A common question that many search engine optimization (SEO) strategists are asked is, “How long until the SEO strategy takes off?” The short answer is, “It depends.” There is no concrete answer that will encompass the duration of time and hours needed to complete such a task.
The most important factor in determining how long it takes to start seeing results for SEO is making sure that your website’s pages are indexed.
Indexation Is the Initial Requirement for Rankings
Google must index each page on a site if you want them to be found in the search results. If a URL cannot be indexed, it has no chance of ranking. So, all of your hard work writing compelling content is for nothing if the content on the page hasn’t been indexed.
Depending on the site and many factors – how large the site is, how often content is added, and link authority – Google may come back to crawl the site more often. This could be daily or weekly and less frequently for some sites – once a month or even less often.
Until these pages get recrawled, Google has no idea that the content on the page changed. Maybe you updated the keywords on that page, added valuable links, or provided compelling content that answers a searcher’s query. All of these things are great but won’t help you rank higher until the page is reindexed. No indexation means no chance of ranking.
When you’ve optimized to improve SEO performance, you don’t have to wait until Googlebot decides to crawl your site and find pages that have changed and reindex the URL.
How to Request Indexation in Google
Google Search Console has a handy feature that allows you to initiate the process of indexing or reindexing a page on your site. In order to potentially get crawled faster, you can nudge Google, telling the search engine that you want it to crawl and index your page. You can do this by going to Google Search Console, making sure you are in the right account, and doing a URL inspection.
In the “Inspect any URL” field, input the specific URL for which you want to request indexing. Then, click “Request Indexing,” as shown in the image below.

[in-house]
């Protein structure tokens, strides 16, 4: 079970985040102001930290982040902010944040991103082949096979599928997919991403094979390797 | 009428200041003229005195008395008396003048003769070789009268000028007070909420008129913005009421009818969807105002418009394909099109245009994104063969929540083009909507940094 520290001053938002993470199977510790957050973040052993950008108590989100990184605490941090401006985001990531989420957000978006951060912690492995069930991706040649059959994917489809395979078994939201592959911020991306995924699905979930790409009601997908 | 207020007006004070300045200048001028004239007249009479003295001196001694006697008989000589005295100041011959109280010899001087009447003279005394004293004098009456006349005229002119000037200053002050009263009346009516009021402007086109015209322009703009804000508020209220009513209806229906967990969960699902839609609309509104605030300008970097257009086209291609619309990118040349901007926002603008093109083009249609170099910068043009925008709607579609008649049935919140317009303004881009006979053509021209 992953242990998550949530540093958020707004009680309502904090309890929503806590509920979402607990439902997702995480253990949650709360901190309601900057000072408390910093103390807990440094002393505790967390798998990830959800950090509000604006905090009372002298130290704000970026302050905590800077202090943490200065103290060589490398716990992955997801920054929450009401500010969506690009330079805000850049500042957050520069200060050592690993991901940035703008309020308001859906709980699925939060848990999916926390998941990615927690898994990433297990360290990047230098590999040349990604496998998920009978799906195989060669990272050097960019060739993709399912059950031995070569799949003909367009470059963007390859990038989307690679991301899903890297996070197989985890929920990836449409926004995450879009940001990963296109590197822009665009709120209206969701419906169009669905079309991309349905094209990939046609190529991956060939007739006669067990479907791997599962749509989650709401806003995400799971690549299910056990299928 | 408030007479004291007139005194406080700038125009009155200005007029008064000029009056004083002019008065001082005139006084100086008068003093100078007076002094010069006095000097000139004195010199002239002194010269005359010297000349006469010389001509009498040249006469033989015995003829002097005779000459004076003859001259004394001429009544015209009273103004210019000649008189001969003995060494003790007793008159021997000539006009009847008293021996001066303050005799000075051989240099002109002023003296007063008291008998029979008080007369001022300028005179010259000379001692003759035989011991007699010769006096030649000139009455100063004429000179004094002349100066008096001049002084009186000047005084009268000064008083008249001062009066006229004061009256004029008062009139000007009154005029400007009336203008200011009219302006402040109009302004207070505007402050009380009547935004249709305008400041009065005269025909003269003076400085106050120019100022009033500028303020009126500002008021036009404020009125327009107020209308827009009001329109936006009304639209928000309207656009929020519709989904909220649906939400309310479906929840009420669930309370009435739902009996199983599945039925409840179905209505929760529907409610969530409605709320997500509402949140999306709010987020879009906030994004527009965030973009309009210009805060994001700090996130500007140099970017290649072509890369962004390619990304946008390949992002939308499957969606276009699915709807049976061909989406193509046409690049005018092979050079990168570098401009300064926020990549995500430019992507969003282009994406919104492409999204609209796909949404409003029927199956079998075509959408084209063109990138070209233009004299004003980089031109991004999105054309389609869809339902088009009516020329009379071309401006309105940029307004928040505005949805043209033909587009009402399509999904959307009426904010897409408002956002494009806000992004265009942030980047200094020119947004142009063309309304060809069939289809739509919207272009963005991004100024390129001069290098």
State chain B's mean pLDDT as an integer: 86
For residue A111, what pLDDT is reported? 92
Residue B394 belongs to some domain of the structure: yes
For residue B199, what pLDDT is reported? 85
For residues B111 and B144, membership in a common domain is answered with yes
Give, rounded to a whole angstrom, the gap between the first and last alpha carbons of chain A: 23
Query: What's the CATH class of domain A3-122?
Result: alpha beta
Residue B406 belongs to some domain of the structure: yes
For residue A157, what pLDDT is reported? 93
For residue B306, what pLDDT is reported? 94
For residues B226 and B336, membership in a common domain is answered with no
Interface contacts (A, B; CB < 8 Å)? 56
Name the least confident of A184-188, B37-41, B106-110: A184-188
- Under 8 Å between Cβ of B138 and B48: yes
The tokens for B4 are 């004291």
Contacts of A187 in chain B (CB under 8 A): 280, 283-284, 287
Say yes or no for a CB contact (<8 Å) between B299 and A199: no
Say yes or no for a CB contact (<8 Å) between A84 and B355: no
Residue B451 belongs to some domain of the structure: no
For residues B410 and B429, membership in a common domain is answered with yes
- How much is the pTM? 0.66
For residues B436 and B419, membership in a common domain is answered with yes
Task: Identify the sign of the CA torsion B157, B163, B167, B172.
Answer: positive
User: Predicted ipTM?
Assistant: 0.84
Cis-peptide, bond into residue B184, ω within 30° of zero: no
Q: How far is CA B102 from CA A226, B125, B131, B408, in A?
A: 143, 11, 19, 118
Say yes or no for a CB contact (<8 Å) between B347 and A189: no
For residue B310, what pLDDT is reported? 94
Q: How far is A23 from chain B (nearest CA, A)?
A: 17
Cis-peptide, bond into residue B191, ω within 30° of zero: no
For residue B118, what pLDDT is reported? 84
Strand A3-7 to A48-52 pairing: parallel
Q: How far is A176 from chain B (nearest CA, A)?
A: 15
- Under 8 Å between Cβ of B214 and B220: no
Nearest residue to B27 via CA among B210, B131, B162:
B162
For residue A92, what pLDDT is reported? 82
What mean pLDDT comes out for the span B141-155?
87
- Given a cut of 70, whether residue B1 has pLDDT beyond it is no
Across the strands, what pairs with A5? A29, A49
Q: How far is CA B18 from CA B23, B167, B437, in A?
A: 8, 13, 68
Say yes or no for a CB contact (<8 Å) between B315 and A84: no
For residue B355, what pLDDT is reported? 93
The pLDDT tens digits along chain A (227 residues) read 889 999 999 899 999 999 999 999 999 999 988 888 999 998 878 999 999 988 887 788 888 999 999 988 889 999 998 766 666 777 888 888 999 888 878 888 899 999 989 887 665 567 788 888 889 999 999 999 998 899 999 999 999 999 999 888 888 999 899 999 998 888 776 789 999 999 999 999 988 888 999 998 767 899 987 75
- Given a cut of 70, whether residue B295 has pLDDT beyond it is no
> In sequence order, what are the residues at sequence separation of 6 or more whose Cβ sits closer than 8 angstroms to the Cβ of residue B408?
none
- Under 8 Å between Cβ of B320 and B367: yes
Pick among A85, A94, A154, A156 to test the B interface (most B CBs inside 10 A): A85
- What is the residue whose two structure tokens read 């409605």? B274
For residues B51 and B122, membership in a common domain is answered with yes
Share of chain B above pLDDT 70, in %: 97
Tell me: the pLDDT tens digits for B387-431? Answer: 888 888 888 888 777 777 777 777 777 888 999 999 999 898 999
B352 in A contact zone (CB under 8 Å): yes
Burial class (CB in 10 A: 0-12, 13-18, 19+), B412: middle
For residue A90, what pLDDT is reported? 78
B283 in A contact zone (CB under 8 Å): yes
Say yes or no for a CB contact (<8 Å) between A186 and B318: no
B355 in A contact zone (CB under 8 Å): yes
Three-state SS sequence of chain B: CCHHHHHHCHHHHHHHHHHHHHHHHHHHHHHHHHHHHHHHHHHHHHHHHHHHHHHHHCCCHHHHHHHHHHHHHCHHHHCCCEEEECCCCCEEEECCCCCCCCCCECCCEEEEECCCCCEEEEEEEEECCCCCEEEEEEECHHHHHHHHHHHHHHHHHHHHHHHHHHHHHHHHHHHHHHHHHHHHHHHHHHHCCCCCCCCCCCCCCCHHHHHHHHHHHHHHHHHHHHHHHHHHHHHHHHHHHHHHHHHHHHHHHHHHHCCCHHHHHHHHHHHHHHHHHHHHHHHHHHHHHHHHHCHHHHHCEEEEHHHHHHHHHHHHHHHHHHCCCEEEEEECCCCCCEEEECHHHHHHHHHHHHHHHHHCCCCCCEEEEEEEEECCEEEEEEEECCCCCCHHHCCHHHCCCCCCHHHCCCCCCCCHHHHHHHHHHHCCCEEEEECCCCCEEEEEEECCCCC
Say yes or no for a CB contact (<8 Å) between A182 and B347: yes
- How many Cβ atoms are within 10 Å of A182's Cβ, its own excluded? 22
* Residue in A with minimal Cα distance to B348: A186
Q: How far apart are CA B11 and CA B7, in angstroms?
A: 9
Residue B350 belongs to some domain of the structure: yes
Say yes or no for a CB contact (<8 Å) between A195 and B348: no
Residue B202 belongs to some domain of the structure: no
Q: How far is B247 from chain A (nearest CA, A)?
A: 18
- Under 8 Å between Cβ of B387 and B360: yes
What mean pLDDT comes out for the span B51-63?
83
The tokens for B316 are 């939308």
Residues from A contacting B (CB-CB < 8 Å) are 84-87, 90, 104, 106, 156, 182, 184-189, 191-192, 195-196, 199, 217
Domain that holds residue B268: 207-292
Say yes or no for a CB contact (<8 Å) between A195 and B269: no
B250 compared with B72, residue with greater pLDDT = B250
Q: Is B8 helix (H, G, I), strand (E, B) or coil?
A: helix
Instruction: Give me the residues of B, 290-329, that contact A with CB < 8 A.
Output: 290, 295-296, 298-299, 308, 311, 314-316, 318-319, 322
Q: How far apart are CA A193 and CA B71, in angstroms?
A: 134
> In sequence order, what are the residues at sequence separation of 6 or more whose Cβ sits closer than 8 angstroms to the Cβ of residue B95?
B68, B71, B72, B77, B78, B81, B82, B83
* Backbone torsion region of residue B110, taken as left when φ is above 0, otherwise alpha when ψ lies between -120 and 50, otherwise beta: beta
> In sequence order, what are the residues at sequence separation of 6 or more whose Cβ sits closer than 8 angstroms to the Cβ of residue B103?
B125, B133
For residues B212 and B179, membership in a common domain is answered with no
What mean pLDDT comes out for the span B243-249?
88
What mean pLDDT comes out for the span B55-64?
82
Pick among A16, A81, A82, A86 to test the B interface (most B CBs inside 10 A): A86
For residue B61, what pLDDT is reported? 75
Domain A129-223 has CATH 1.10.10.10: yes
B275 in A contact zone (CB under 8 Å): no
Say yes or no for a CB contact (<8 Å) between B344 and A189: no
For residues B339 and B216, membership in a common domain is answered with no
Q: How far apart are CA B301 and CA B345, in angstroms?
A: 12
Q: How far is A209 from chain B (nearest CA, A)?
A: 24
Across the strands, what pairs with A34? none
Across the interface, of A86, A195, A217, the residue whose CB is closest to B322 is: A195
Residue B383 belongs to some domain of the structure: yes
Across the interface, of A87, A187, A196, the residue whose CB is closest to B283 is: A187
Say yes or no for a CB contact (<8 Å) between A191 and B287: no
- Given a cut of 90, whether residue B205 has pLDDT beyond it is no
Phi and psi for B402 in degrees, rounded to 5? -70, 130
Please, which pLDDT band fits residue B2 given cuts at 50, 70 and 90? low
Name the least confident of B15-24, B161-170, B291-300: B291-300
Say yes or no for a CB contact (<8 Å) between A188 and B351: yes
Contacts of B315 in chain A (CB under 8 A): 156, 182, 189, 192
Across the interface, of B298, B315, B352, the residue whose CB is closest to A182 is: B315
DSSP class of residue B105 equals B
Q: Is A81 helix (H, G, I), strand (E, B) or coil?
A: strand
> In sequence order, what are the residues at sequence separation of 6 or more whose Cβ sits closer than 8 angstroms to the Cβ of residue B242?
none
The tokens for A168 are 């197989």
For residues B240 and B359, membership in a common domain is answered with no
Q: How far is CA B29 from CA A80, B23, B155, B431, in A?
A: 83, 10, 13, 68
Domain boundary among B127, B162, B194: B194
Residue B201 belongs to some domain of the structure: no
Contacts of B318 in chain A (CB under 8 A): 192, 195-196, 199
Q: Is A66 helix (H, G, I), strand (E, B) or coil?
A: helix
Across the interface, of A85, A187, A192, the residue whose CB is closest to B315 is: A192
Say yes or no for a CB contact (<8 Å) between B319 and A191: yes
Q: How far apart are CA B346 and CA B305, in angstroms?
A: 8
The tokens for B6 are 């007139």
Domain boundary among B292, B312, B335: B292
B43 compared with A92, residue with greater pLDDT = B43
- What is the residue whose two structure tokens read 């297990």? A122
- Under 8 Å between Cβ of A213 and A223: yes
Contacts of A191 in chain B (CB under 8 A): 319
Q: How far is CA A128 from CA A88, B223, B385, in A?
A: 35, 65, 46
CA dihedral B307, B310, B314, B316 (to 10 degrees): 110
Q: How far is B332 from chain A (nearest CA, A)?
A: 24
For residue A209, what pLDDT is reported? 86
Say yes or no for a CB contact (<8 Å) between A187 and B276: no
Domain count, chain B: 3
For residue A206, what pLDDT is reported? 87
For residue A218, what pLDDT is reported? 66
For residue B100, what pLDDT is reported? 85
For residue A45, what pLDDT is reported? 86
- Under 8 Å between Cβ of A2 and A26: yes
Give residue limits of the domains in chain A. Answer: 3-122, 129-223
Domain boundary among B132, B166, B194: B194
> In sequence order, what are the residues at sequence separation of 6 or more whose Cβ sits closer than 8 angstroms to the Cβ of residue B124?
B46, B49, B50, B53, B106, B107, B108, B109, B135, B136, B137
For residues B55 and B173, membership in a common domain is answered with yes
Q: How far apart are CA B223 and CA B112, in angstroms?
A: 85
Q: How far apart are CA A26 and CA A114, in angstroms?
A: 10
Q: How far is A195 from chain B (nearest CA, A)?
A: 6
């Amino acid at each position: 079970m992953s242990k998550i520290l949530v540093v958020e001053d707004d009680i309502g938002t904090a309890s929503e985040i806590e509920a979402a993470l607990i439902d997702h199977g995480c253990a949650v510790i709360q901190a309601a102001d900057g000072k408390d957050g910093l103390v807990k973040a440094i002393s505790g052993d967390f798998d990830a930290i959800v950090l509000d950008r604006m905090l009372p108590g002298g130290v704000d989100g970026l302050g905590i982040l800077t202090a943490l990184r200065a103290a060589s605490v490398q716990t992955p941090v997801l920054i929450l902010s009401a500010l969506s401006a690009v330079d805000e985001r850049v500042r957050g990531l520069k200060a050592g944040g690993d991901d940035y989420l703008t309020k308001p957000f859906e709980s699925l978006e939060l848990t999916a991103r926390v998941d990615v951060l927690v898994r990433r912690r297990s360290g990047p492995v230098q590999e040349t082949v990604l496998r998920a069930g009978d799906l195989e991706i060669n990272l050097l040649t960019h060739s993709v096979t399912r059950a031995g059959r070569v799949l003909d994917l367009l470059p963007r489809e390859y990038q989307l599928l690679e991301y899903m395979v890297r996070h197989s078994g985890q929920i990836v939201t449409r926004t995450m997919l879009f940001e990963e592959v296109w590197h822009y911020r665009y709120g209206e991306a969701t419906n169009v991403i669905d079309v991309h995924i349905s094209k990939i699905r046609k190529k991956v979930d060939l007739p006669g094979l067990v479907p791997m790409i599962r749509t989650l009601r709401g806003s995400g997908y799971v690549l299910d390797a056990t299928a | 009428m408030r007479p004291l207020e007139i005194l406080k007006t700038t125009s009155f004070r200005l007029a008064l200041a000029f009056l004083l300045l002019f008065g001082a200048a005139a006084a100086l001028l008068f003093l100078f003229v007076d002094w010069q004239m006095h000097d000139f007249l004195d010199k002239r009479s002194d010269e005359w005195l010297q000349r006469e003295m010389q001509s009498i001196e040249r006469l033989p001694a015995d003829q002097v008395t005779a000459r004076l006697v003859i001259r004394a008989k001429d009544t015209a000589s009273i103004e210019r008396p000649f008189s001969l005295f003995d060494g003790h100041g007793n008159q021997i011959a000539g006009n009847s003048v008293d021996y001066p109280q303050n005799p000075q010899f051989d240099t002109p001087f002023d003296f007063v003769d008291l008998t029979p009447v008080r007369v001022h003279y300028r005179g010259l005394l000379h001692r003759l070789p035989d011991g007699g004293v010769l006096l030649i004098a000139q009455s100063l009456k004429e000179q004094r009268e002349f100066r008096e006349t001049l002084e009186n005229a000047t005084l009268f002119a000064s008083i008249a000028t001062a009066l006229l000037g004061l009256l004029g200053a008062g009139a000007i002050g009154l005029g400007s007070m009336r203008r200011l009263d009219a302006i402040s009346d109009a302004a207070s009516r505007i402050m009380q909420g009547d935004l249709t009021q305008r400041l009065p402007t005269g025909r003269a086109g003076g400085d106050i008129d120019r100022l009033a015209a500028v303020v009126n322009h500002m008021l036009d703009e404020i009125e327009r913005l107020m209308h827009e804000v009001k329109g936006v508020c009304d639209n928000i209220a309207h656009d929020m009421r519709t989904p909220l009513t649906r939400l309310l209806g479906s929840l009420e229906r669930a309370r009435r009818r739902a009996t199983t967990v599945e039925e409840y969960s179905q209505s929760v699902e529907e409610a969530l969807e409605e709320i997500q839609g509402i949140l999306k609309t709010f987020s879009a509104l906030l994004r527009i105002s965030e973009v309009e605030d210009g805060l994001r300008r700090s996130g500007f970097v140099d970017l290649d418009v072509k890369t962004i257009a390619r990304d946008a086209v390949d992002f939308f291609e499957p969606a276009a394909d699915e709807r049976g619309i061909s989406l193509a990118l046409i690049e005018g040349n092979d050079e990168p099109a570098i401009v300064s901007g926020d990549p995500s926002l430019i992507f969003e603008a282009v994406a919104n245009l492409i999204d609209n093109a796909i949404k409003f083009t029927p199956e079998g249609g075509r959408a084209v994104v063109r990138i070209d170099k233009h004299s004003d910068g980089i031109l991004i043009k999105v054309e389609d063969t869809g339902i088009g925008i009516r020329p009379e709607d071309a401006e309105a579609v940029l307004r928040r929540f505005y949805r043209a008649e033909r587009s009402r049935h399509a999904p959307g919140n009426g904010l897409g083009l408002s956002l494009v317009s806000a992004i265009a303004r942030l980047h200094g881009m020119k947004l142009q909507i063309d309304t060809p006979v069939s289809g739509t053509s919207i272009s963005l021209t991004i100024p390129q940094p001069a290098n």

Pushing the magical button labeled “Request Indexing” asks Google to recrawl that URL and then update its index. Once Google updates its index with the new page, it’s algorithmically able to reconsider its rankings for that specific page based on your optimization.
Google Search Console will display a message saying, “Testing if live URL can be indexed.”
It will then say, “Indexing requested” with the message, “URL was added to a priority crawl queue. Submitting a page multiple times will not change its queue position or priority.”
After any changes have been made to a page, requesting indexation on Google Search Console lets the search engine know that you made a change to it. You don’t have to wait until Google decides to crawl the page for your optimization to get indexed. The steps above allow you to try to speed the process up by telling Google that this page has changed and should be reindexed.
When Will Performance Change?
When Google changes its rankings — and how much the rankings change — depends on Google’s algorithmic evaluation of how new and valuable the change you made was.
For example, optimizing the textual content on a page could see an impact as soon as overnight once the optimization has been indexed, or it could take months to begin to perform. The difference is typically impossible to predict because you’re dealing with a complex algorithm whose secrets are closely guarded by Google.
Sites with high levels of authority or brand recognition tend to see performance improvements faster, though that could be related to the higher frequency with which Google crawls its sites.
However, those asking when they can see SEO start to work tend to ask the question at the organic channel level as a whole rather than the page level. Individual page optimization can see performance changes as they’re optimized and reindexed. It takes longer for enough of these pages to be optimized, reindexed, and re-ranked so that a performance change is visible for the site’s organic channel as a whole.
The more rapidly you implement strong SEO strategies, the sooner you’ll see a performance change in the channel as a whole.
It’s true: The results of SEO are not as instantly gratifying as running a pay-per-click campaign. SEO is a long-term, ongoing strategy for success that you need to invest in to stay competitive. While you may not be able to say precisely when SEO will yield efforts, continuous optimization efforts are critical to improving organic search performance over time.